Sunday, August 27, 2006


In search of excellence
Tom Peters & Robert H Waterman Jr

Chapter 1 – Successful American Companies
The authors were the part of team doing a project under the aegis of McKinsey & Co on relationship between strategy, structure and management effectiveness.
The team came out with the 7-S framework popularly known as McKinsey’s 7-S
1. Structure
2. Systems
3. Style
4. Staff
5. Skills
6. Strategy
7. Shared Values

While working on the project, the authors came out with a definition of innovativeness which gave a new perspective on excellence. Adding to the old definition of innovation – creative people developing marketable new products – they added innovative companies are especially adroit at continually responding to change of any sort in their environments. This concept of innovation became the benchmark to identify excellent companies/managers.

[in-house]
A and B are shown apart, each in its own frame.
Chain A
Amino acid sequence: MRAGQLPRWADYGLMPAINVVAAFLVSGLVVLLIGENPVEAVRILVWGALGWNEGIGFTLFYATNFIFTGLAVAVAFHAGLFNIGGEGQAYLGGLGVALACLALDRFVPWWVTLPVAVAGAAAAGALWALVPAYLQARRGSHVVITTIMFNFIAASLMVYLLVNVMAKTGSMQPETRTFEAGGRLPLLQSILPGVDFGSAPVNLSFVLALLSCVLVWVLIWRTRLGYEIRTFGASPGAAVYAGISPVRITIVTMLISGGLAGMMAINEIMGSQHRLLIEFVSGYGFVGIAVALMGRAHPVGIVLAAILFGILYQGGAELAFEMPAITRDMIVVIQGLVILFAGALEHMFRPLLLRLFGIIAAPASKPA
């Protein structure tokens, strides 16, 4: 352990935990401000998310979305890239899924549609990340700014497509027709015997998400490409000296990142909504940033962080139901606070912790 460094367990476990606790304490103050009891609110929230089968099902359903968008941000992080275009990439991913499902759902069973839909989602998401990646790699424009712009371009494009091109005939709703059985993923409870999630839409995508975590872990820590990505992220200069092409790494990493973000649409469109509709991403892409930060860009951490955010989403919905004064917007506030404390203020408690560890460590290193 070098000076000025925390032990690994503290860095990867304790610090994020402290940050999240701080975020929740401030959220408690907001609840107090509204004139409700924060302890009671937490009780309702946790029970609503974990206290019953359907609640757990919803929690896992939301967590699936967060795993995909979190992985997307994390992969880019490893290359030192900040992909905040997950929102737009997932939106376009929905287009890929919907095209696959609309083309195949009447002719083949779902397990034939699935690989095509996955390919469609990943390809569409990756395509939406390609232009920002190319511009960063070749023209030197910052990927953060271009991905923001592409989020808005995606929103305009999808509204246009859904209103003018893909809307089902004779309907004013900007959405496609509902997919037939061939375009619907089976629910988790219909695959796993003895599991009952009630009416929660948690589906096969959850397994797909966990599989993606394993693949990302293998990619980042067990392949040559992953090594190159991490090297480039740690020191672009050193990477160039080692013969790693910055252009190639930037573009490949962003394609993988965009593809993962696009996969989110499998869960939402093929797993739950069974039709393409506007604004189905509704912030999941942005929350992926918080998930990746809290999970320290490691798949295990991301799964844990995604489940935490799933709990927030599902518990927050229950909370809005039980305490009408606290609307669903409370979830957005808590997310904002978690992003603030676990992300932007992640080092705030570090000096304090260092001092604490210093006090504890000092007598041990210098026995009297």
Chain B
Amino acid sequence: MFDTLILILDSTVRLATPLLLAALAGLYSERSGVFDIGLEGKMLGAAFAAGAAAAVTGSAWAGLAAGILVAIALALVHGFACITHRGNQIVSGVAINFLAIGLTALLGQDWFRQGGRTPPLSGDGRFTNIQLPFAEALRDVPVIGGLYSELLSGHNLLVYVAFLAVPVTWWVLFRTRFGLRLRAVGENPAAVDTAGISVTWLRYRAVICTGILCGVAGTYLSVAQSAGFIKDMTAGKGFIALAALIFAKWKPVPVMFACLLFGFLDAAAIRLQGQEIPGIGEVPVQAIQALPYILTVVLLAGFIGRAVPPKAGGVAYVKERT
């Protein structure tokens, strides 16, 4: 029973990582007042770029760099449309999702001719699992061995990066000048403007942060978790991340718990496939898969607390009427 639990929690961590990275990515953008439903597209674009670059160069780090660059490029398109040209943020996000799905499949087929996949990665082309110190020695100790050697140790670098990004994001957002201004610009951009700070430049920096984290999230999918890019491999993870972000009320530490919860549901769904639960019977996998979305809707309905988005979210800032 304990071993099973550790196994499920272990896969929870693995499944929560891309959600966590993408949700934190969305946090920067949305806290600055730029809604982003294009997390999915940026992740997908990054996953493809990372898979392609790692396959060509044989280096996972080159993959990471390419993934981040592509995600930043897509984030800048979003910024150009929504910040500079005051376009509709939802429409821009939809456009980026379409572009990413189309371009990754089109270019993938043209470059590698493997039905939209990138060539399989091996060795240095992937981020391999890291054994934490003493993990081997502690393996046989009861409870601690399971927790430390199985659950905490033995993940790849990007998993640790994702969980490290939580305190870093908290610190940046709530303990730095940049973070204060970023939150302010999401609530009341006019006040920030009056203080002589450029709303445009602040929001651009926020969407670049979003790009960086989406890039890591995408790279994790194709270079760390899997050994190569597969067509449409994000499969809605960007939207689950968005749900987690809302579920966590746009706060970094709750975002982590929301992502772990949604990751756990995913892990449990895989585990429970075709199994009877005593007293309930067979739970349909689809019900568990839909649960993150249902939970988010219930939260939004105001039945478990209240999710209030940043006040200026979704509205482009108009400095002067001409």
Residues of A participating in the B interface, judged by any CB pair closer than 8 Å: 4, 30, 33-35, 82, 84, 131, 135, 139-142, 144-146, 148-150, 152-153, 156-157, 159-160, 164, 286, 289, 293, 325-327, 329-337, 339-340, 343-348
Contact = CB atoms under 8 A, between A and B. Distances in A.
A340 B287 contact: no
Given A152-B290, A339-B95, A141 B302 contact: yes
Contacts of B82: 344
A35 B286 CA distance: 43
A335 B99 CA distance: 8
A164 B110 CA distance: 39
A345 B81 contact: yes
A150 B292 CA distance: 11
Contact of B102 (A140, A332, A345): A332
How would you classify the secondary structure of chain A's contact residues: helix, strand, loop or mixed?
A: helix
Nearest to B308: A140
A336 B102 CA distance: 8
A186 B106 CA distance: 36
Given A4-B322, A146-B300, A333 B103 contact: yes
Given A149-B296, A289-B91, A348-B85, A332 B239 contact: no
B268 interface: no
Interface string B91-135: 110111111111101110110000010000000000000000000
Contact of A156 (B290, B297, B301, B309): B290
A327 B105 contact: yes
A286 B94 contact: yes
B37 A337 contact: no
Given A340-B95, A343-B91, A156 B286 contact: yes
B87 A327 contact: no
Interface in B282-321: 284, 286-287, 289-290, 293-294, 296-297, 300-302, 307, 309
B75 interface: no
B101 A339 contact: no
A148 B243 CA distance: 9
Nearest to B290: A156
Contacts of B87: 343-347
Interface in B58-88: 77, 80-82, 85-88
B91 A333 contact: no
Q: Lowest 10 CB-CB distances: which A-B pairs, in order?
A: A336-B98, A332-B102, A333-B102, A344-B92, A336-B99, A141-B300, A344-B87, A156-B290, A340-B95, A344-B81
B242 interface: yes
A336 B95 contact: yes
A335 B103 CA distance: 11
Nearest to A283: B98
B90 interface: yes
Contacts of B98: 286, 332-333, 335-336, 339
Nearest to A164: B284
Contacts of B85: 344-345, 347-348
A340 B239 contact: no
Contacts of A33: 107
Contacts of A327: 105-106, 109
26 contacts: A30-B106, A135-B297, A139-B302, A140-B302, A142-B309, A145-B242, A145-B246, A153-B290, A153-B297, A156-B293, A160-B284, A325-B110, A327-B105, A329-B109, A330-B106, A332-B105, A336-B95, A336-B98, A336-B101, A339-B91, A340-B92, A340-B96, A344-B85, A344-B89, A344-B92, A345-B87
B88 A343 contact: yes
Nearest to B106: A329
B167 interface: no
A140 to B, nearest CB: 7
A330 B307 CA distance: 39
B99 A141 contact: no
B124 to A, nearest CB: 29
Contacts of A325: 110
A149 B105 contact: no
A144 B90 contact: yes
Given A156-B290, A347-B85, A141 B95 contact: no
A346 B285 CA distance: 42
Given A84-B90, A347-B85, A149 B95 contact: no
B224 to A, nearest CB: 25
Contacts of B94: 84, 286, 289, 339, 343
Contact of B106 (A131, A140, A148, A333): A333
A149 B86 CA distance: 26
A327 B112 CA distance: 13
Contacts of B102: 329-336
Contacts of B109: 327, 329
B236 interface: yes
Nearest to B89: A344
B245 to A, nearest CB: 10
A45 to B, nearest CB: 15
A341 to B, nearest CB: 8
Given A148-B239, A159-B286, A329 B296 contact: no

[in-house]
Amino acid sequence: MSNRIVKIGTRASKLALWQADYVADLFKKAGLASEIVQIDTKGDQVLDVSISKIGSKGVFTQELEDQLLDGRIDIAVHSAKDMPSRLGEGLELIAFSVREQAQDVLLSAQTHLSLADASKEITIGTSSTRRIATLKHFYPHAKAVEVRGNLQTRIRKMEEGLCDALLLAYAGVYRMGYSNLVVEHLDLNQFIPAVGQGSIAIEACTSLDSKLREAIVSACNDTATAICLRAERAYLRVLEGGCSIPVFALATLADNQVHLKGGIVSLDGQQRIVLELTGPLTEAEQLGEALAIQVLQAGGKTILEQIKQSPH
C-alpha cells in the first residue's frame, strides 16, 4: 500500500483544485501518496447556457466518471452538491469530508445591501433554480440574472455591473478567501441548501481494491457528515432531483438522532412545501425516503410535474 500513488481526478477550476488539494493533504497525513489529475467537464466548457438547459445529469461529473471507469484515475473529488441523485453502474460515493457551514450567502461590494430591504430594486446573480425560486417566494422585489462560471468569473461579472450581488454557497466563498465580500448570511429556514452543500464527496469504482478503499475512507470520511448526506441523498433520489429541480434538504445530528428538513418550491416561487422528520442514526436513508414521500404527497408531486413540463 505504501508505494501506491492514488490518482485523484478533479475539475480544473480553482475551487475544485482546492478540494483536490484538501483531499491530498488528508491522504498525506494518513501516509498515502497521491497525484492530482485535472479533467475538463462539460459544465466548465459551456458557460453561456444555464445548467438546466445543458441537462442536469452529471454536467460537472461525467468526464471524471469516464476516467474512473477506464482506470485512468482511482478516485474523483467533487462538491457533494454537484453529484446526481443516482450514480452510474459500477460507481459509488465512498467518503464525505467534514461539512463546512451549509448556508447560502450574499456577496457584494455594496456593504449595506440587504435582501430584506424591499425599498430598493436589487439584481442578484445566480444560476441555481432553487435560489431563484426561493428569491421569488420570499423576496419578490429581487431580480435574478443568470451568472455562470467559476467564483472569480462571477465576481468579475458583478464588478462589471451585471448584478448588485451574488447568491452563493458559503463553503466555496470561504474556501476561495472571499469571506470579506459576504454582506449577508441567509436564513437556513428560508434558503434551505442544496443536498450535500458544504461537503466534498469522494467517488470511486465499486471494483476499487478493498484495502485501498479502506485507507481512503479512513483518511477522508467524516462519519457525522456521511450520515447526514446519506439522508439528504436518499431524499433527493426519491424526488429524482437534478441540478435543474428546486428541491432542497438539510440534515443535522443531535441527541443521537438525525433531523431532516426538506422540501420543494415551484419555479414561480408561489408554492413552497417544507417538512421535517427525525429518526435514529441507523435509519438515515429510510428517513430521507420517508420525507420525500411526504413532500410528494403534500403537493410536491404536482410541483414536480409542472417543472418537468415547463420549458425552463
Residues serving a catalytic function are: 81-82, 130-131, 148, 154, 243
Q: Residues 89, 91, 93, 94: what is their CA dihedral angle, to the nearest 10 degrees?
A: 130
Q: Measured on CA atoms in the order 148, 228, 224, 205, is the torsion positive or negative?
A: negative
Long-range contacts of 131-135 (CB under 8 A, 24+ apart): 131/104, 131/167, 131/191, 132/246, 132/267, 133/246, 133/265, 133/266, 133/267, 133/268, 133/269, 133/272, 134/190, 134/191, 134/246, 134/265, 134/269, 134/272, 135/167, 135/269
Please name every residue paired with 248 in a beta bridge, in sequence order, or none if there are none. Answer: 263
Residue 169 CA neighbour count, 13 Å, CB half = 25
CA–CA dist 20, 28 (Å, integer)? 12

Working on the project, it was found that excellent companies were above all brilliant on the basics. Tools did not substitute for thinking. Intellect didn’t overpower wisdom. Analysis didn’t impede action. They found that excellent companies worked hard to keep things simple in a complex world. The companies persist and insist on top quality. Such companies fawned on their customers, listened to their employees and treated them as adults. The companies allowed their innovative product and service champions long tethers and also allowed some chaos in return for quick action and regular experimentation.

The eight attributes that emerged to characterized the excellent companies on which the rest of the book dwells are:
1. A bias for action;
2. Close to the customer;
3. Autonomy and Entrepreneurship;
4. Productivity through people;
5. Hands-on value driven;
6. Stick to the knitting;
7. Simple form, lean staff;
8. Simultaneous loose-tight properties.


Blogger Gussa Waala said...

Tejbir bhai,

You are reading stuff thats too complicated. :-)

27 September, 2006 06:24  

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